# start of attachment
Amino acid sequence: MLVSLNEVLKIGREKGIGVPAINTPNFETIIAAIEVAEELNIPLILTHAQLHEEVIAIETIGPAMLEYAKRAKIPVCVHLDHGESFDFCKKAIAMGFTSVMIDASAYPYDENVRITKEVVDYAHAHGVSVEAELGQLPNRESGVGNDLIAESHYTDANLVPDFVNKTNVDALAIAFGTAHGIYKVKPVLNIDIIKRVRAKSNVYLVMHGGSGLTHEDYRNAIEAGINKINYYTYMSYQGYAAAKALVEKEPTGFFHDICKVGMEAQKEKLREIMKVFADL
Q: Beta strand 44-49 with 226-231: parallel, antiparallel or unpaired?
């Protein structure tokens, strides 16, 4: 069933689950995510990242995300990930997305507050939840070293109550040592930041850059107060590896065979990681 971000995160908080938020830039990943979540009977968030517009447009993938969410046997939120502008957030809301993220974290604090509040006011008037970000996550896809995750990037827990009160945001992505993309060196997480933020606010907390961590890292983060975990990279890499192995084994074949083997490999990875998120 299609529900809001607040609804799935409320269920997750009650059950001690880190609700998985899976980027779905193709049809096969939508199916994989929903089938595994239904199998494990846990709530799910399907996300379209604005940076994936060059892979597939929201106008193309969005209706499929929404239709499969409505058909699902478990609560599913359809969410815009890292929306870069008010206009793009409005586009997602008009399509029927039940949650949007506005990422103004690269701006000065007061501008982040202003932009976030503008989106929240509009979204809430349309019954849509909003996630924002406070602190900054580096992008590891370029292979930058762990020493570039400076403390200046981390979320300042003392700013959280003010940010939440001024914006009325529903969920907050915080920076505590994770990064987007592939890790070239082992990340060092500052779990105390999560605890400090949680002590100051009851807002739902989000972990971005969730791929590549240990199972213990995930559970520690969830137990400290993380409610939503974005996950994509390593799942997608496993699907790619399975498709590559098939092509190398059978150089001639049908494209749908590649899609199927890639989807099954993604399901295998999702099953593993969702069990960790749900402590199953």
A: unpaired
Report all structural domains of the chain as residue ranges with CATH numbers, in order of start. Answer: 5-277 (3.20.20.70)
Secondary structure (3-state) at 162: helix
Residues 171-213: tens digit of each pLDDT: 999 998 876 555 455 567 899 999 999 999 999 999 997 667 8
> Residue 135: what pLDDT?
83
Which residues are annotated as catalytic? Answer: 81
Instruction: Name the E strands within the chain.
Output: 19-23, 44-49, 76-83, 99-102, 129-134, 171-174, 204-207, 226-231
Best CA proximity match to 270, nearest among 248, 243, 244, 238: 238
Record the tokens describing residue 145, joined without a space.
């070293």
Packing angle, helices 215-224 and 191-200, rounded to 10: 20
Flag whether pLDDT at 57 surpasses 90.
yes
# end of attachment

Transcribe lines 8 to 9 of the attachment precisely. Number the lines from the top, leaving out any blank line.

> Residue 135: what pLDDT?
83